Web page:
Fresh Flow

Somewhere between the soothing, yet castrated emotional detachment of New Age, and the hot and sweaty sexuality of World Beat, lies the tantric passion of Soundstream’s audio exotica.

by Lee Abraham

Swirling, low end modulations of a didjeridoo buzz like a bumble bee in heat - urgent but aimless. For a moment, that’s all you hear. Then, as if to answer, lonely whispers of a single drum begin to beat. Quietly at first, then louder. Now the sound has structure. Another drum joins in. Textures and tones of a flute, guitar and bass start to float melodically around the pulse of percussion. Electricity crackles. Musicians and dancers exchange energies as the lush sound stream of audio exotica now shimmers with a life of its own.

"I just got so tired of distorted guitar that it got to the point where I couldn’t really express myself musically," says Soundstream percussionist, Bill Mcallister. "When I saw an ad looking for a percussion player to start a ‘world music’ project, I said to myself, ‘That’s what I want to do." Mcallister’s interest in exotic music forms dates back to his days as a student at Western high school in the mid ‘70s. "Back then there was absolutely no art or culture in this town at all," he recalls. "The old Moby Grape was the only live music club in town, but everybody would just show up at parties, it was kind of the west side of town music clique. Everybody kind of knew each other. The town was a lot smaller back then."

Things have changed. Well, sort of. "Now we’re starting to get a little bit of a foundation for arts and culture, people who interested in that kind of stuff around town," says Mcallister. "There are more places to play now, but there still isn’t that much support. In other cities, people go to clubs no matter who’s playing, just to go hang out at the club and see something new. Here everybody gets their 20 or 30 friends to come out and see their band play, and as soon as their friends are done, they leave. It’s weird, but it seems like that’s still how it is."

Although interested in exotic percussion, Mcallister always found himself playing drums in a rock band. "A lot of funky thrash," laughs Mcallister. "Bands like Off To Mars, Blackhole, No Is IV... we would just change the name of the band every time we got a new singer." Ultimately, the heavy metal grind got old and Mcallister opted out. Free to explore the exotic sounds of indigenous music, the born again beatnik expanded his collection of hand drums, shakers and bells from around the world. He also channeled his energy into playing the didjeridoo. Before long Mcallister was getting together with local didj wiz Rick Dusek, and eventually wound up playing drums for Buddha Man Cometh, which featured Dusek’s didj.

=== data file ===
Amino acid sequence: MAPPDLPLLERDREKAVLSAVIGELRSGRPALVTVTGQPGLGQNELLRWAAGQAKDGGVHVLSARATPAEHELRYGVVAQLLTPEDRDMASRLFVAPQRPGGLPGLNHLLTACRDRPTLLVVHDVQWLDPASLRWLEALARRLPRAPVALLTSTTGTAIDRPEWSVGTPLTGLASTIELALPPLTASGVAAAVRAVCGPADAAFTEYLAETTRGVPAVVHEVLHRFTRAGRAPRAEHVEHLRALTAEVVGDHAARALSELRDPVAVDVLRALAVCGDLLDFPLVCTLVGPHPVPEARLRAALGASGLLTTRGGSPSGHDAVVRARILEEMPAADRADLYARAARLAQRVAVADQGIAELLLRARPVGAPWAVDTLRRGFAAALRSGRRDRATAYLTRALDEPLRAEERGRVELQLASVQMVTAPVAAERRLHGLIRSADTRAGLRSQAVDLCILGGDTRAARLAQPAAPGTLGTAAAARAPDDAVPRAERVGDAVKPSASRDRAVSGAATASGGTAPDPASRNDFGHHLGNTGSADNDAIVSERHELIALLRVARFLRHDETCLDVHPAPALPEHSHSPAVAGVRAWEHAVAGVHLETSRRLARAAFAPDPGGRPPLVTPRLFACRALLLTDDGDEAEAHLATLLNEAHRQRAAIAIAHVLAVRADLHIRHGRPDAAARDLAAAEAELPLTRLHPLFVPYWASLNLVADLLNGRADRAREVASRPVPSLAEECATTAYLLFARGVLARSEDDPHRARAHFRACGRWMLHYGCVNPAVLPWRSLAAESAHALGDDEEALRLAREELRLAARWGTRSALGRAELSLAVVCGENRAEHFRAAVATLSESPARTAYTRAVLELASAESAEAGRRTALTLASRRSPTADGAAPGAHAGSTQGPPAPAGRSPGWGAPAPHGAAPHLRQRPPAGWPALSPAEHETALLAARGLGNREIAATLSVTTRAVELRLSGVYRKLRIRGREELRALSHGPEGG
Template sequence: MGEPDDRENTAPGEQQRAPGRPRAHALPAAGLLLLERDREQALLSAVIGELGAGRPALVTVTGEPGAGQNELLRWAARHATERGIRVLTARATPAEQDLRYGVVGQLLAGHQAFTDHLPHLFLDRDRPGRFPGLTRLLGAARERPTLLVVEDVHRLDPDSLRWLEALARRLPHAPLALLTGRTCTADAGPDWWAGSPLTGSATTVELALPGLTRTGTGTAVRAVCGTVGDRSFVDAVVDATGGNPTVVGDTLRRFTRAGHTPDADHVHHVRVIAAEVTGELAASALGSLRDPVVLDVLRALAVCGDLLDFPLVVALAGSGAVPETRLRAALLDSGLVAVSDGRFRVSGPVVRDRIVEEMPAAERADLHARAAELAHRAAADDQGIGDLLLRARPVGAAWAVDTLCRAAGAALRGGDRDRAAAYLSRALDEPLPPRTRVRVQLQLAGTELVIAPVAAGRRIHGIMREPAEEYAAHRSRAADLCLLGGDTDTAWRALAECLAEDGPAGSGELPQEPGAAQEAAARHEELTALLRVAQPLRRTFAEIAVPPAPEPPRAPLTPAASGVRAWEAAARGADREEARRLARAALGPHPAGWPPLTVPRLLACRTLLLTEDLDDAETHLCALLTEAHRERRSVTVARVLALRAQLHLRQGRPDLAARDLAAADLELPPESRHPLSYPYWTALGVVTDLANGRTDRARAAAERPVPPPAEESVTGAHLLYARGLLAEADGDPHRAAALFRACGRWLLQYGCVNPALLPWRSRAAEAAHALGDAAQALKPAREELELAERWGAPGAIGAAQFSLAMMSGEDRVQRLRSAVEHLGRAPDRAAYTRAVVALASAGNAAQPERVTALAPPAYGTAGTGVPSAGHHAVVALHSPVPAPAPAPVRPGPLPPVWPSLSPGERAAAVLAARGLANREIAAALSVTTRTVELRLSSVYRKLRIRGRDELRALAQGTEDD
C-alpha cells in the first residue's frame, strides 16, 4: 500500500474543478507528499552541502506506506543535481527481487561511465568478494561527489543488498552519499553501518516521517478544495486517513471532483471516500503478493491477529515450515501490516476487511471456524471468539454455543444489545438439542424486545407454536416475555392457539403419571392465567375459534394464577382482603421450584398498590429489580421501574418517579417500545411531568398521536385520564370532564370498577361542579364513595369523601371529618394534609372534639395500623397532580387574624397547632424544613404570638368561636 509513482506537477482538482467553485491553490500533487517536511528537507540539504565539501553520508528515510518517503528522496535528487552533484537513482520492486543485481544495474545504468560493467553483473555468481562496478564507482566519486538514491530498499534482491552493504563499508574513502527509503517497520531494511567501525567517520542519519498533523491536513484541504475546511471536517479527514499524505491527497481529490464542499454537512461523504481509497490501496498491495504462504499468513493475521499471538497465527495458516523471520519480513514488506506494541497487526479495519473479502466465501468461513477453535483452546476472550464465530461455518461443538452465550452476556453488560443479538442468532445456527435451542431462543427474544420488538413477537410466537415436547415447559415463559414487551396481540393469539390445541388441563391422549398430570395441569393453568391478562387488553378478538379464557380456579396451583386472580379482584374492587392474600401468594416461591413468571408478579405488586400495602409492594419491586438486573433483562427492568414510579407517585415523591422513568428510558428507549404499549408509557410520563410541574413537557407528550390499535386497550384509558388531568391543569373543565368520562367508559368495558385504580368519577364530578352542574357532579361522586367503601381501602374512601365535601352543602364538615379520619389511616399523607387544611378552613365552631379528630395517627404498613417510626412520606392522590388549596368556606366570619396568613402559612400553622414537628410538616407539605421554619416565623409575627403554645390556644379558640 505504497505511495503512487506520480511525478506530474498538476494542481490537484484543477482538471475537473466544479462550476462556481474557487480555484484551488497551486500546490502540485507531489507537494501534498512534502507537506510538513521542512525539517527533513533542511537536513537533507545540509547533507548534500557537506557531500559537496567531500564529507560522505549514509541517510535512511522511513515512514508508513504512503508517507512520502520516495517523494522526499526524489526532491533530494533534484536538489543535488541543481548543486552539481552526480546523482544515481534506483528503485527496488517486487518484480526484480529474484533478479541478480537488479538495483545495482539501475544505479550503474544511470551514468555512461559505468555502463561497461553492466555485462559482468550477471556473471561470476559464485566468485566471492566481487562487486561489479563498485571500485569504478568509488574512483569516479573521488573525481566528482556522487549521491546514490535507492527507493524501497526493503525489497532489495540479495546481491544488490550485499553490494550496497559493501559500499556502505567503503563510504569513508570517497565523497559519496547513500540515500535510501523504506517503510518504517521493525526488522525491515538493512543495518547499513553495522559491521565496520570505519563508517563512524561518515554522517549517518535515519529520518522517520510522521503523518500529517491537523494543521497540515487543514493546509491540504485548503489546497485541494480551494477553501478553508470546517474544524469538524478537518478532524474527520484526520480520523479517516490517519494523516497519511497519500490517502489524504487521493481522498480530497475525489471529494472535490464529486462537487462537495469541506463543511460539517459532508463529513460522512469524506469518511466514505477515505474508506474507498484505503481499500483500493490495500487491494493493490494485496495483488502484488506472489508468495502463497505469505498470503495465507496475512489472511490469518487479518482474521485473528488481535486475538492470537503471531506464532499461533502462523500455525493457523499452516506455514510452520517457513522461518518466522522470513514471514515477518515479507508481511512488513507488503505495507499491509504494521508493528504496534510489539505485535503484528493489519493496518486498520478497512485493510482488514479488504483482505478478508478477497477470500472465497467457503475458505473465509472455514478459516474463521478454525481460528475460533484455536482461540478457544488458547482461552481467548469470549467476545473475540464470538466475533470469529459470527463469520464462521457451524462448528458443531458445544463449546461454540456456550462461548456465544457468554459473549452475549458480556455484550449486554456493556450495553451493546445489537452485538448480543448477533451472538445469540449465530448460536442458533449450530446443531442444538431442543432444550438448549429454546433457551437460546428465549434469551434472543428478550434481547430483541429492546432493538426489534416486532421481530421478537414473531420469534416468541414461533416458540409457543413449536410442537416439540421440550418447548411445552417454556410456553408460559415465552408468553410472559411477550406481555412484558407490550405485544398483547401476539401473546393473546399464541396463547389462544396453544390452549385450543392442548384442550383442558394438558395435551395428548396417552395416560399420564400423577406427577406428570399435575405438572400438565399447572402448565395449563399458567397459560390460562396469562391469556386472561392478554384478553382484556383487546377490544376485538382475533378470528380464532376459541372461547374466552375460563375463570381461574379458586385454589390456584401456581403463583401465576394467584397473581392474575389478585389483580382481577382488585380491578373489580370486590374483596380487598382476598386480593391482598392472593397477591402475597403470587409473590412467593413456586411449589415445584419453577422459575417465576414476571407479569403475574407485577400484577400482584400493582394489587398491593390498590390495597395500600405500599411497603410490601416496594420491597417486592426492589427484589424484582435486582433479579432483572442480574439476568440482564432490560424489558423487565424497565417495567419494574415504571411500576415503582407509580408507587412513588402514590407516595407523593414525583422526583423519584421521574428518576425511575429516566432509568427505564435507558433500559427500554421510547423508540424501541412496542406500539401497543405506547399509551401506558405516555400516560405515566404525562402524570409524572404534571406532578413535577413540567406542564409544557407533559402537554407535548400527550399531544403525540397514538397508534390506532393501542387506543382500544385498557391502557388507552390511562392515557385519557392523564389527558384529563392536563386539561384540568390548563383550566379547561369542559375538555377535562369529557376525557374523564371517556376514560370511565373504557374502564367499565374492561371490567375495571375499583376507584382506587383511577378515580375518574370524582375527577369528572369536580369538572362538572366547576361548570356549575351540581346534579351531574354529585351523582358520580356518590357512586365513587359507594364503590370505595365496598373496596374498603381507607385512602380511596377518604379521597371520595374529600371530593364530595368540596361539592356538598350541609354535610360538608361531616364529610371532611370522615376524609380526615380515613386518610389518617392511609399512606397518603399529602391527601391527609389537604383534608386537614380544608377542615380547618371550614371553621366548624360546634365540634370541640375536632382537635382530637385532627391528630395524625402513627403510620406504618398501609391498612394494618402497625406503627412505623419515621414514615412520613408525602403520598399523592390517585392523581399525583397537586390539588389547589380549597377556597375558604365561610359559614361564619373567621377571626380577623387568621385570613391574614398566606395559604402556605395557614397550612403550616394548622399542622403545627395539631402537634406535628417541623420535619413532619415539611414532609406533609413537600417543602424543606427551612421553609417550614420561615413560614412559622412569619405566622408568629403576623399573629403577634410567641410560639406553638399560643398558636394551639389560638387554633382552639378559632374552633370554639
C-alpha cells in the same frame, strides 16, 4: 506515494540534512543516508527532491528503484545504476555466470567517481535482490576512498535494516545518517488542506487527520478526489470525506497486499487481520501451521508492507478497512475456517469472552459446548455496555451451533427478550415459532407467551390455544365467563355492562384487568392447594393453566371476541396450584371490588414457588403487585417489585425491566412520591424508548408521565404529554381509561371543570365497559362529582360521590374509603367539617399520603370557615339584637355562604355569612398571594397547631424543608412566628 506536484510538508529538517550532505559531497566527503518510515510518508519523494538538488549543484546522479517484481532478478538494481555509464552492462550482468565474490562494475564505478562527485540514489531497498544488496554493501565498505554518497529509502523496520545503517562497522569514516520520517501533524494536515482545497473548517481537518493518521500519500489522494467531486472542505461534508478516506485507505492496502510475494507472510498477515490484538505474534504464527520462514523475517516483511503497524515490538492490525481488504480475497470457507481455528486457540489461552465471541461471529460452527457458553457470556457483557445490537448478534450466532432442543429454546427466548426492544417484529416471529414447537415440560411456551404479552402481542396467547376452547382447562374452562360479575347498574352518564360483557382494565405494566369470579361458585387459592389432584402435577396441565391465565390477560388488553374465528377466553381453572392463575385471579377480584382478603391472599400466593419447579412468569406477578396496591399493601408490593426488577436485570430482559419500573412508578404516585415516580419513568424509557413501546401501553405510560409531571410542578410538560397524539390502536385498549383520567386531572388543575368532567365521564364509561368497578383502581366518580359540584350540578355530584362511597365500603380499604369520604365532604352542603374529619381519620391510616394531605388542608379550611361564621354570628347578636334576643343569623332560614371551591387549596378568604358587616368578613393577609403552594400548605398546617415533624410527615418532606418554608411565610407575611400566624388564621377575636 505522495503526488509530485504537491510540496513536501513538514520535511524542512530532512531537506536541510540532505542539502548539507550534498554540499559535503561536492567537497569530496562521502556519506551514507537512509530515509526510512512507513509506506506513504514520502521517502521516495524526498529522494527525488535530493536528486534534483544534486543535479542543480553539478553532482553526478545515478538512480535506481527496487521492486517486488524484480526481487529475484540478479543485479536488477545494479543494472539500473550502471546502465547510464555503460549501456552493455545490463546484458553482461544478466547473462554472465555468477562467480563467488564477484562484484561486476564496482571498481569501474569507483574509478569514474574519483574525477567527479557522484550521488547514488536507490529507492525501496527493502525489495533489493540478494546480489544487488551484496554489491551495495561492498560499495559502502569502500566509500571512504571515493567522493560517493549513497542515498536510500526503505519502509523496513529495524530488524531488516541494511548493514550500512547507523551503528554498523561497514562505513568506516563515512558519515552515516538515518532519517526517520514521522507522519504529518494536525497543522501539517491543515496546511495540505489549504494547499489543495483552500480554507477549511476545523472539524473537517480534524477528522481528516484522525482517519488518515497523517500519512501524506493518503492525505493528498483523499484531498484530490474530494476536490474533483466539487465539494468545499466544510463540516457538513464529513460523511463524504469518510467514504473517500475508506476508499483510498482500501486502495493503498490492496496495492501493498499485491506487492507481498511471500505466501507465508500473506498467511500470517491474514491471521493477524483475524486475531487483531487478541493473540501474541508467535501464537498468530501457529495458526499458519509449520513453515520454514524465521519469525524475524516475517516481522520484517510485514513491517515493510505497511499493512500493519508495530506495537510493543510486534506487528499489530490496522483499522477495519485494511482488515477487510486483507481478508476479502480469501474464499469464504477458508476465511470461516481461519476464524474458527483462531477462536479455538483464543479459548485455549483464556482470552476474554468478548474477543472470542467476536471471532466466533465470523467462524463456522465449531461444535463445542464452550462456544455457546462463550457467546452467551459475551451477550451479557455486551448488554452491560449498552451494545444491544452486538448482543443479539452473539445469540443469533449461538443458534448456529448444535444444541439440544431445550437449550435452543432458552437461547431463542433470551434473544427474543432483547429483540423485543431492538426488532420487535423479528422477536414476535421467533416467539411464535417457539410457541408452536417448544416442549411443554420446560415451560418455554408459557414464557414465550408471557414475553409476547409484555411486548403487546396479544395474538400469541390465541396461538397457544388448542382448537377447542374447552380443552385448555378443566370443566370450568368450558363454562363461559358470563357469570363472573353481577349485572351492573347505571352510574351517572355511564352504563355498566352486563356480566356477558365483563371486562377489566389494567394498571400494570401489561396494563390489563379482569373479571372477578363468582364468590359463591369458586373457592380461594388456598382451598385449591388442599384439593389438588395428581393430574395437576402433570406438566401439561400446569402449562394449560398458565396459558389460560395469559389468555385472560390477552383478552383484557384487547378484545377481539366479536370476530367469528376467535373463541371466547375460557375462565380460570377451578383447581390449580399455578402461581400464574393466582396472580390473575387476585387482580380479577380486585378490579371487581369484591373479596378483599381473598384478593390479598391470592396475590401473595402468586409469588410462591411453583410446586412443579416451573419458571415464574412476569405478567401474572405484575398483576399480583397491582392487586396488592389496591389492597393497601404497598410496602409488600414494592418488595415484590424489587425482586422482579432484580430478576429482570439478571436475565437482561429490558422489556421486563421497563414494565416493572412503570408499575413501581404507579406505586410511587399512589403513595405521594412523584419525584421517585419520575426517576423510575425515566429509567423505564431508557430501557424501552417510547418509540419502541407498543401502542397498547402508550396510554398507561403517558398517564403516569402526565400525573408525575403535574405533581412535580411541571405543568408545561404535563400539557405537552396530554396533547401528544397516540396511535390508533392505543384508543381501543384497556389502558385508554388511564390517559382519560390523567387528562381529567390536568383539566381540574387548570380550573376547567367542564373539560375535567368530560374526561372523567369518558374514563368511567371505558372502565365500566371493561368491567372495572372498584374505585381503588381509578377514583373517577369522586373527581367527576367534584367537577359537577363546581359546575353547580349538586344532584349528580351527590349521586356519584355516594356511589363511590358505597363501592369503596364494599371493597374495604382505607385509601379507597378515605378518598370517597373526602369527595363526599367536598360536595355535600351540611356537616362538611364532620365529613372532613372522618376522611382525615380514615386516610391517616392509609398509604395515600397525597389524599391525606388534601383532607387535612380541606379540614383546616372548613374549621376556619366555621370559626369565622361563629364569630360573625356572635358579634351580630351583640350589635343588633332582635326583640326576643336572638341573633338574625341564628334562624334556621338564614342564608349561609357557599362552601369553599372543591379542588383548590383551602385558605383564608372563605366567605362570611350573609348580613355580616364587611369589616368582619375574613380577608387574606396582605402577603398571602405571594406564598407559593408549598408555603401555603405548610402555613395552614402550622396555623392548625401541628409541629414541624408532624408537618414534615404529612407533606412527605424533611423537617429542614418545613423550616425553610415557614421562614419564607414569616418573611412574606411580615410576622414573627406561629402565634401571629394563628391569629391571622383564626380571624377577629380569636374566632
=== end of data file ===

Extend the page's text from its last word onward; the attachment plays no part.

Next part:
BMC provided a refreshing approach, but Mcallister again tired of sitting behind the drum kit. When the band changed musical direction, he answered the ad for a percussionist. And in the process, found a musical soulmate in multi-instrumentalist Chris Daniel (guitar, keyboard, percussion).

"He had a band going and I had a band going, so we just started getting together one day a week and songs started to develop," says Mcallister. "Then his band started to fall apart and the band I was in started to get more poppy, looking for some kind of commercial hit, and I didn’t want to do that stuff, so we just started to make this our main focus." Along with Dusek on didj, Soundstream performed its first shows as a trio.

At the same time, the search for more instruments and a unique sound continued. Experiments with a violin, cello and native American flute were interesting but short lived. "I was kind of against having traditional rock instruments in the band," says Mcallister. "I wanted to get people who played strange things from around the world. But we needed some bottom end... so we wound up with Greg (Oliver) on bass. He’s a great asset because he’s really creative and has a lot of different styles of playing the bass."

After Dusek left the band, Soundstream enlisted Winston Murray on flute, and another percussionist, Jimbo Gehris. Everything clicked. For the first time, all the elements of audio exotica were in place. And in addition to having the right chemistry, the new band had plenty of material, so they recorded an album. The results are stunning. Soundstream’s self titled debut exudes a tantric passion that falls somewhere between the soothing, yet castrated emotional detachment of New Age, and the hot and sweaty sexuality of World Beat. Music for the mind and body, as well as the soul.

The official CD release will be at Legends Lounge on June 30th, and plans for the next album, a live recording, are already in the works. "We’ve got so much material, we’re coming up with more all the time," says Mcallister. "We’ve got enough right now for at least two more CDs. Usually everybody has their ideas in parts and then everybody does their best to try to change it. We’re not really trying to follow any set type of format, but once we do a couple of songs in a certain direction, we stop doing that and then go in a different direction, just as long as it has exotic flavor, is tasteful and explorative."

The concept is catching on. "Most of the times when people see us play, they are seeing a lot of instruments they’ve never seen before," says Mcallister. "When I used to play in rock bands, everybody would always relate you to something. They have a mind frame, like, ‘Oh, you guys sound like the Chilli Peppers, or the singer sounds like Rush.’ They relate to things that they already know. So as soon as you start playing... you’ve already been classified. But when they see us, they see things they haven’t seen before, and hear things they haven’t heard before, so they listen with an open mind, and I think that’s where we get their interest. Plus, alot of our music is danceable, at least 80% of it, we definitely keep the rhythm goin’!"